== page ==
Storyboard It

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Meet Alex Cowan, entrepreneur (5x), intrapreneur (1x), author, and instructor at General Assembly. He’s also the author of ‘Starting a Tech Business’. When he’s not teaching at GA, he’s often found advising companies and posting instructional materials for innovators and instructions on alexandercowan.com. In this first entry of his series on storyboarding posts, Alex lays out the basics and explains how storyboarding can help anyone, in any career path.

Communicating is hard and arguing is worse. And we’re probably much less effective communicators than we think — possibly as much as 20x less effective. In 1990 a Stanford researcher performed a study where on one party (“tapper”) tapped out a simple song a a counterparty (“listener”) tried to interpret the song. The tapper thought their listener had recognized the song 50% of the time where they’d actually only got it 2.5% of the time (this from the book ‘Made to Stick’). Unlike rhythmic tapping, storyboards inherently make us better communicators.

As a writer, you’re constantly learning how to be a better storyteller. As a Storyboarding-Three-Little-Pigs-Vertprogrammer, one hugely important skill is learning to think sequentially. And since you’re on the GA site, you probably don’t need convincing about the importance of strong visual communication. The process of storyboarding improves your communication on all three fronts:

  1. It’s narrative, helping us tell our story
  2. It’s sequential, helping us walk through complex ideas
  3. It’s visual, helping us engage more of our audience’s facilities

Disney is cited as the first example of storyboarding in its modern form where they used it to organize The 3 Little Pigs. Before that everyone sat in a room together and hoped all the stuff they drew fit together at the end. This element of practicality and forethought is one end of storyboarding; the other is creative freedom. The practice of storyboarding does a nice job of balancing these.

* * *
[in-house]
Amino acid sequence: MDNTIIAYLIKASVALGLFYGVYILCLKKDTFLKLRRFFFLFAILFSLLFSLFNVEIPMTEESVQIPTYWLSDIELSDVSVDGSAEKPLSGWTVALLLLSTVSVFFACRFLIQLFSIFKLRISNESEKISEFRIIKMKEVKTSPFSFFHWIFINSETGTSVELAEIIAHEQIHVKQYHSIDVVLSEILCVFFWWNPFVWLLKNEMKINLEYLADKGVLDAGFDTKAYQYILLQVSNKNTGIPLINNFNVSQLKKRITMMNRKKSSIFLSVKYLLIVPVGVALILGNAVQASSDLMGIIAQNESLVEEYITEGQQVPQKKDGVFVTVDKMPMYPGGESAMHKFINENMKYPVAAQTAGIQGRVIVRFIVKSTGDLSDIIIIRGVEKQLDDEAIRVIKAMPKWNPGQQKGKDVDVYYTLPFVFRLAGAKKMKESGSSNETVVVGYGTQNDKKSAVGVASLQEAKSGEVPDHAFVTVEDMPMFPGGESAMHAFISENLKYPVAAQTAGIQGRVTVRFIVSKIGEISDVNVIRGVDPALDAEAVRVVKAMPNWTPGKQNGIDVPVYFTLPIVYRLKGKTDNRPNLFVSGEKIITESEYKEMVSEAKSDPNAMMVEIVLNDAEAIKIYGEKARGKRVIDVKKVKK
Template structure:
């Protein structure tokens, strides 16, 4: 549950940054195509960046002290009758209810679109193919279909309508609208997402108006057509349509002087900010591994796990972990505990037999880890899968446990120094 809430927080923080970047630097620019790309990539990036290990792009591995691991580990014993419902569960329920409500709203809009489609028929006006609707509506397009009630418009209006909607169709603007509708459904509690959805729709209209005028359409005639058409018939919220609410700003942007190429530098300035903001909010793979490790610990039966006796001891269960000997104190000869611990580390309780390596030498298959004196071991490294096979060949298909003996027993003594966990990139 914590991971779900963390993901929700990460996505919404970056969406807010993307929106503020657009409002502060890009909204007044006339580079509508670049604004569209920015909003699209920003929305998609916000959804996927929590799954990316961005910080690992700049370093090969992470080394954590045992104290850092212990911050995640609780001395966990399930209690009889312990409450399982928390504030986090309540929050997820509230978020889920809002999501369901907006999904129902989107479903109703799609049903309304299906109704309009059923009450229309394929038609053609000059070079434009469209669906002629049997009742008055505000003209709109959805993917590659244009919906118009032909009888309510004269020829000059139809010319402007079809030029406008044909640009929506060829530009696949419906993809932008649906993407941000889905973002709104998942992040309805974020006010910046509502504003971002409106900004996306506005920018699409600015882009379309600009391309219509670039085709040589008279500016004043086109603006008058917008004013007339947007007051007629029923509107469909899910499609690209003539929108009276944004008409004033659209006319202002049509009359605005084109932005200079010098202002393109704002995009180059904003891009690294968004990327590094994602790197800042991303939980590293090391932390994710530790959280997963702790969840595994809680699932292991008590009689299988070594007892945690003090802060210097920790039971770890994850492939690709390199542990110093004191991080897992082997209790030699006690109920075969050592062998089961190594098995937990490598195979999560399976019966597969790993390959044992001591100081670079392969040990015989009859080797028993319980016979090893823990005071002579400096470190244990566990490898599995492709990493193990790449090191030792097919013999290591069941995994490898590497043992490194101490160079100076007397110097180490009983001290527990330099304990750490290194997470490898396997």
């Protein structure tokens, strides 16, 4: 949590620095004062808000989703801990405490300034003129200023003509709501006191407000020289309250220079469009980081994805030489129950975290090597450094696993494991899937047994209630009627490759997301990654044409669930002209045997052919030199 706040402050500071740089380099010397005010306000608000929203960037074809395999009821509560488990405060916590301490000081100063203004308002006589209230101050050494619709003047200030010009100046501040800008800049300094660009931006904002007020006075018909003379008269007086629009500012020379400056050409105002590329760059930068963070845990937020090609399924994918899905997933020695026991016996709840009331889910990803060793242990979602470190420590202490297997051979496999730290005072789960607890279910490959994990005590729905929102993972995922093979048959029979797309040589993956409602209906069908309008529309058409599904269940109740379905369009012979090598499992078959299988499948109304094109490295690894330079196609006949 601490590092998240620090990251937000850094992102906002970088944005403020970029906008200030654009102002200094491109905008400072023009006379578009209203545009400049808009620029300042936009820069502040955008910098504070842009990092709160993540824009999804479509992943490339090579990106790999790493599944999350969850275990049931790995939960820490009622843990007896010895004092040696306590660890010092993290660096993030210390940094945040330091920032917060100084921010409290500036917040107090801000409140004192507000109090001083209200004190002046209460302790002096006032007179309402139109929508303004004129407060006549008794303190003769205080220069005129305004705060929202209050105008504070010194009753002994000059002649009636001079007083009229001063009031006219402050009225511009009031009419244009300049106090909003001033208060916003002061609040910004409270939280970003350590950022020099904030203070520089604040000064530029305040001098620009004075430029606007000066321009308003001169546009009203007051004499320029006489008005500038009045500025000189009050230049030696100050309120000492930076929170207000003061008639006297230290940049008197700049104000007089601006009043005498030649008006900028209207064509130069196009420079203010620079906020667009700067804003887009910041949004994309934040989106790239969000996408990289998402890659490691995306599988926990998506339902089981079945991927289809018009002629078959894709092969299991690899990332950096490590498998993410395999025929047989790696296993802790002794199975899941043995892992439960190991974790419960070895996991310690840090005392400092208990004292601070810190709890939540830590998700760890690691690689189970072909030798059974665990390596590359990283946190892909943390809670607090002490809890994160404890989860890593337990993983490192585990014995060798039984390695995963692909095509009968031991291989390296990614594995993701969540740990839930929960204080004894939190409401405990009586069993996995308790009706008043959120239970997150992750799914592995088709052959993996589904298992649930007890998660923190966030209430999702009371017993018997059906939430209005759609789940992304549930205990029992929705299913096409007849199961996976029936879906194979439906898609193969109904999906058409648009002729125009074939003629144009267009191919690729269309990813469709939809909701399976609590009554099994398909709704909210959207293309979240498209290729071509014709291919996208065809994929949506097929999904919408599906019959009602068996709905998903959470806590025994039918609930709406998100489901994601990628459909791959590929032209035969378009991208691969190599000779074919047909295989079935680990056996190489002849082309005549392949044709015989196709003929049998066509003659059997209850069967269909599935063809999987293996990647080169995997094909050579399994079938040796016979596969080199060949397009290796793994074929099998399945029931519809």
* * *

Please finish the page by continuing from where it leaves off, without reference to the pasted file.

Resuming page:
Your Next Storyboard

If you’re in sales, marketing, design, engineering, management — basically anything that involves explaining or discussing with others — storyboarding will help you more effectively structure and communicate your ideas. When you’re getting started, I advise putting a framework around what you plan to storyboard. Below are five examples.

1. The Before & After Storyboard

You’re thinking of building something- a physical product, an application, or maybe a new process. Why? How is it going to make your target’s life better? And, by the way, who’s it for? The before and after storyboard helps make these answers more vivid, more actionable, and easier to discuss.

An example: I use a (fictional) example company called Enable Quiz in my book. They offer lightweight technical quizzes for anyone looking to assess the skill sets of engineers they’re looking to hire. The personas are ‘Helen the HR Manager’, ‘Chris the Candidate’, and ‘Frank the Functional Manager’. Helen’s responsible for doing initial interviews, Chris is being interviewed for the job, and Frank’s the hiring manager (Chris’ hypothetical future boss).

The panels below show a before and after for Enable Quiz’s customers:

before---after--enable-quiz

2. Customer Acquisition & Retention/Customer Journey